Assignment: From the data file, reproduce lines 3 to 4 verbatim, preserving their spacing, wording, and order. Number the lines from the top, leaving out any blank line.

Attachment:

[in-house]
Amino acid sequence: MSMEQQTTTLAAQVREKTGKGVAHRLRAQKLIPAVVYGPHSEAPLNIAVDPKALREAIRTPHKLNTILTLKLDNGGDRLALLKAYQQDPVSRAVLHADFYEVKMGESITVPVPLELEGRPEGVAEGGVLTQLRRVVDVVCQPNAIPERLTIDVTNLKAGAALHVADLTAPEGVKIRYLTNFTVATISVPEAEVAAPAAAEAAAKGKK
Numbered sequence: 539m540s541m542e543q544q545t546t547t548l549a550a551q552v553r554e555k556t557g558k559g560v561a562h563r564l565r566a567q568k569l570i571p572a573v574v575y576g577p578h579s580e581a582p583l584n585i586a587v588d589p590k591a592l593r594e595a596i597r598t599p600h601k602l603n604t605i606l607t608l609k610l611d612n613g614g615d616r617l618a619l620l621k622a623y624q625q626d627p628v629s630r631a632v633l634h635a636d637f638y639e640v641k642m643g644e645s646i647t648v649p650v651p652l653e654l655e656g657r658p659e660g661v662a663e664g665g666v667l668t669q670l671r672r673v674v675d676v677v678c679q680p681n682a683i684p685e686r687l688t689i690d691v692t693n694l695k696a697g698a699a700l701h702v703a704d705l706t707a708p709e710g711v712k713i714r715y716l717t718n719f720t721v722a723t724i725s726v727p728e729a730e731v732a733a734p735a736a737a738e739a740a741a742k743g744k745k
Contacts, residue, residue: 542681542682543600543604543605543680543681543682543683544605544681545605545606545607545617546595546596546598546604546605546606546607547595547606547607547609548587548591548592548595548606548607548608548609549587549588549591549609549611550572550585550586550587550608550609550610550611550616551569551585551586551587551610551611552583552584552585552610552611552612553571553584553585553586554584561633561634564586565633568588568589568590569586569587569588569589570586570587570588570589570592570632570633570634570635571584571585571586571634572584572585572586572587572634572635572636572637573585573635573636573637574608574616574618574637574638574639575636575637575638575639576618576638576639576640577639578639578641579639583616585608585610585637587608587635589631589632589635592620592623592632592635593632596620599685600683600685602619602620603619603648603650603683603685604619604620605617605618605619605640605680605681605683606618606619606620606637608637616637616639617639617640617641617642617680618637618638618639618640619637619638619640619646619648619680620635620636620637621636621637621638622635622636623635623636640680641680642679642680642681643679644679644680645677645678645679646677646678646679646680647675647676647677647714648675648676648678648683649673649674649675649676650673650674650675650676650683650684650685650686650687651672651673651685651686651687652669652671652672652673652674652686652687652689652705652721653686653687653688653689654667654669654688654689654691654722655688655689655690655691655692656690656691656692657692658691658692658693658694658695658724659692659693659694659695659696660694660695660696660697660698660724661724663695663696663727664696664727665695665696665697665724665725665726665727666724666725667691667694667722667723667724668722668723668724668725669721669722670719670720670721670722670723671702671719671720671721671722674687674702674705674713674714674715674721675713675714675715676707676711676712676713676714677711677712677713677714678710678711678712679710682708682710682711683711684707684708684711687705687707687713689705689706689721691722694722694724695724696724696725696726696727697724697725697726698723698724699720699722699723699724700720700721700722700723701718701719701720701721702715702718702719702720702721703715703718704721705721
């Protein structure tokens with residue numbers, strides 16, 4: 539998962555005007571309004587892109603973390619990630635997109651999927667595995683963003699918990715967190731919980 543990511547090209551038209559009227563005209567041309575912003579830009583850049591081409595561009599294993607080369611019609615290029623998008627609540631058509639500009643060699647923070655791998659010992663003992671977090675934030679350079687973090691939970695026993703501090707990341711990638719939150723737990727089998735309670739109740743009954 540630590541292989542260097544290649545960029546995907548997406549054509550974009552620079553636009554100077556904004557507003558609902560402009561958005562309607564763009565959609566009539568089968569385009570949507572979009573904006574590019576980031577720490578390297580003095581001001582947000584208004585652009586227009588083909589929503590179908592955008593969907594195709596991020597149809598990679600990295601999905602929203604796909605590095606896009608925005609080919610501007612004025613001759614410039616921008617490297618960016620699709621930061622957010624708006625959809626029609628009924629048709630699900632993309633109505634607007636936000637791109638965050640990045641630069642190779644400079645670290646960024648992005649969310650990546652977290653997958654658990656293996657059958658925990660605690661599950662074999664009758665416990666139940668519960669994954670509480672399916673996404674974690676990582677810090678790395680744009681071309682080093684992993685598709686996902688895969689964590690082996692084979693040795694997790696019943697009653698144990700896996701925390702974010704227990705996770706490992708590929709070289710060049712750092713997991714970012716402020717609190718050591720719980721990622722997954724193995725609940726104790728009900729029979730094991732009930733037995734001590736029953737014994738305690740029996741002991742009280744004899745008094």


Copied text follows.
Numbered sequence: 539m540s541m542e543q544q545t546t547t548l549a550a551q552v553r554e555k556t557g558k559g560v561a562h563r564l565r566a567q568k569l570i571p572a573v574v575y576g577p578h579s580e581a582p583l584n585i586a587v588d589p590k591a592l593r594e595a596i597r598t599p600h601k602l603n604t605i606l607t608l609k610l611d612n613g614g615d616r617l618a619l620l621k622a623y624q625q626d627p628v629s630r631a632v633l634h635a636d637f638y639e640v641k642m643g644e645s646i647t648v649p650v651p652l653e654l655e656g657r658p659e660g661v662a663e664g665g666v667l668t669q670l671r672r673v674v675d676v677v678c679q680p681n682a683i684p685e686r687l688t689i690d691v692t693n694l695k696a697g698a699a700l701h702v703a704d705l706t707a708p709e710g711v712k713i714r715y716l717t718n719f720t721v722a723t724i725s726v727p728e729a730e731v732a733a734p735a736a737a738e739a740a741a742k743g744k745k
Contacts, residue, residue: 542681542682543600543604543605543680543681543682543683544605544681545605545606545607545617546595546596546598546604546605546606546607547595547606547607547609548587548591548592548595548606548607548608548609549587549588549591549609549611550572550585550586550587550608550609550610550611550616551569551585551586551587551610551611552583552584552585552610552611552612553571553584553585553586554584561633561634564586565633568588568589568590569586569587569588569589570586570587570588570589570592570632570633570634570635571584571585571586571634572584572585572586572587572634572635572636572637573585573635573636573637574608574616574618574637574638574639575636575637575638575639576618576638576639576640577639578639578641579639583616585608585610585637587608587635589631589632589635592620592623592632592635593632596620599685600683600685602619602620603619603648603650603683603685604619604620605617605618605619605640605680605681605683606618606619606620606637608637616637616639617639617640617641617642617680618637618638618639618640619637619638619640619646619648619680620635620636620637621636621637621638622635622636623635623636640680641680642679642680642681643679644679644680645677645678645679646677646678646679646680647675647676647677647714648675648676648678648683649673649674649675649676650673650674650675650676650683650684650685650686650687651672651673651685651686651687652669652671652672652673652674652686652687652689652705652721653686653687653688653689654667654669654688654689654691654722655688655689655690655691655692656690656691656692657692658691658692658693658694658695658724659692659693659694659695659696660694660695660696660697660698660724661724663695663696663727664696664727665695665696665697665724665725665726665727666724666725667691667694667722667723667724668722668723668724668725669721669722670719670720670721670722670723671702671719671720671721671722674687674702674705674713674714674715674721675713675714675715676707676711676712676713676714677711677712677713677714678710678711678712679710682708682710682711683711684707684708684711687705687707687713689705689706689721691722694722694724695724696724696725696726696727697724697725697726698723698724699720699722699723699724700720700721700722700723701718701719701720701721702715702718702719702720702721703715703718704721705721